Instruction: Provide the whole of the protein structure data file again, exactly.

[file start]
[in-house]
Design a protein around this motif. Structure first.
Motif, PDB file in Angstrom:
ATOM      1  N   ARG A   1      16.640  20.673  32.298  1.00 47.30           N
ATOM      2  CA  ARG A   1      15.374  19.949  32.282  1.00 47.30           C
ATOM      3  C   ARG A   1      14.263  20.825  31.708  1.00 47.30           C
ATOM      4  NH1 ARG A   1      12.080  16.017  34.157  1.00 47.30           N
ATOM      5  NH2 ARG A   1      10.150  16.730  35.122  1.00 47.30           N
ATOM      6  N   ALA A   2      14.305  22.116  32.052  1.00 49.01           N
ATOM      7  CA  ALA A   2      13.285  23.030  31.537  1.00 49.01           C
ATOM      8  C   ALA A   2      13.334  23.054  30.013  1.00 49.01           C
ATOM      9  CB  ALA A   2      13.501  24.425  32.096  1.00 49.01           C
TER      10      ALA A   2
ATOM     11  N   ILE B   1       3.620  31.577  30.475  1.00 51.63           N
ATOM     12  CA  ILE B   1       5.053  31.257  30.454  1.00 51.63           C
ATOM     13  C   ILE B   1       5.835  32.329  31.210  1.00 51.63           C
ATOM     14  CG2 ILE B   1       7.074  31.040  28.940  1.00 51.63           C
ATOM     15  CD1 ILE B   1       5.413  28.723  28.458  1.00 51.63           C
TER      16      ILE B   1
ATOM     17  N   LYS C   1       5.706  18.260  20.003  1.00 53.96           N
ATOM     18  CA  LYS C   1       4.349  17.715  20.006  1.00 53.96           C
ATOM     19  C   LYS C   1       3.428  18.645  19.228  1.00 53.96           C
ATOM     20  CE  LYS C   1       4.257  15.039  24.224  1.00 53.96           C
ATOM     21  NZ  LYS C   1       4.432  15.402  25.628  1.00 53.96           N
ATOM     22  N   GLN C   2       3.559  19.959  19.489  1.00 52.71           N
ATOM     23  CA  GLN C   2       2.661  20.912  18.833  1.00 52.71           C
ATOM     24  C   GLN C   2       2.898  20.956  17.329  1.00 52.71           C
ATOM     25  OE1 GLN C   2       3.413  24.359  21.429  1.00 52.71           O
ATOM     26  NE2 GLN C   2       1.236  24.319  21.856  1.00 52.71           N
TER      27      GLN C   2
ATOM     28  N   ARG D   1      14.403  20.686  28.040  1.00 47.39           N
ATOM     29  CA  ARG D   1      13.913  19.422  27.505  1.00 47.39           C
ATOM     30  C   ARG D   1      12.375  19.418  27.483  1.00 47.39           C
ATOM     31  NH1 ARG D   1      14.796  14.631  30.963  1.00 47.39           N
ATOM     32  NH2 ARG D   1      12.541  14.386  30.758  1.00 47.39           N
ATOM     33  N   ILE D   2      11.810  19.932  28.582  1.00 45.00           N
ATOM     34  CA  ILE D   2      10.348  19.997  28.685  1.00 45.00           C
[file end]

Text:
[in-house]
Design a protein around this motif. Structure first.
Motif, PDB file in Angstrom:
ATOM      1  N   ARG A   1      16.640  20.673  32.298  1.00 47.30           N
ATOM      2  CA  ARG A   1      15.374  19.949  32.282  1.00 47.30           C
ATOM      3  C   ARG A   1      14.263  20.825  31.708  1.00 47.30           C
ATOM      4  NH1 ARG A   1      12.080  16.017  34.157  1.00 47.30           N
ATOM      5  NH2 ARG A   1      10.150  16.730  35.122  1.00 47.30           N
ATOM      6  N   ALA A   2      14.305  22.116  32.052  1.00 49.01           N
ATOM      7  CA  ALA A   2      13.285  23.030  31.537  1.00 49.01           C
ATOM      8  C   ALA A   2      13.334  23.054  30.013  1.00 49.01           C
ATOM      9  CB  ALA A   2      13.501  24.425  32.096  1.00 49.01           C
TER      10      ALA A   2
ATOM     11  N   ILE B   1       3.620  31.577  30.475  1.00 51.63           N
ATOM     12  CA  ILE B   1       5.053  31.257  30.454  1.00 51.63           C
ATOM     13  C   ILE B   1       5.835  32.329  31.210  1.00 51.63           C
ATOM     14  CG2 ILE B   1       7.074  31.040  28.940  1.00 51.63           C
ATOM     15  CD1 ILE B   1       5.413  28.723  28.458  1.00 51.63           C
TER      16      ILE B   1
ATOM     17  N   LYS C   1       5.706  18.260  20.003  1.00 53.96           N
ATOM     18  CA  LYS C   1       4.349  17.715  20.006  1.00 53.96           C
ATOM     19  C   LYS C   1       3.428  18.645  19.228  1.00 53.96           C
ATOM     20  CE  LYS C   1       4.257  15.039  24.224  1.00 53.96           C
ATOM     21  NZ  LYS C   1       4.432  15.402  25.628  1.00 53.96           N
ATOM     22  N   GLN C   2       3.559  19.959  19.489  1.00 52.71           N
ATOM     23  CA  GLN C   2       2.661  20.912  18.833  1.00 52.71           C
ATOM     24  C   GLN C   2       2.898  20.956  17.329  1.00 52.71           C
ATOM     25  OE1 GLN C   2       3.413  24.359  21.429  1.00 52.71           O
ATOM     26  NE2 GLN C   2       1.236  24.319  21.856  1.00 52.71           N
TER      27      GLN C   2
ATOM     28  N   ARG D   1      14.403  20.686  28.040  1.00 47.39           N
ATOM     29  CA  ARG D   1      13.913  19.422  27.505  1.00 47.39           C
ATOM     30  C   ARG D   1      12.375  19.418  27.483  1.00 47.39           C
ATOM     31  NH1 ARG D   1      14.796  14.631  30.963  1.00 47.39           N
ATOM     32  NH2 ARG D   1      12.541  14.386  30.758  1.00 47.39           N
ATOM     33  N   ILE D   2      11.810  19.932  28.582  1.00 45.00           N
ATOM     34  CA  ILE D   2      10.348  19.997  28.685  1.00 45.00           C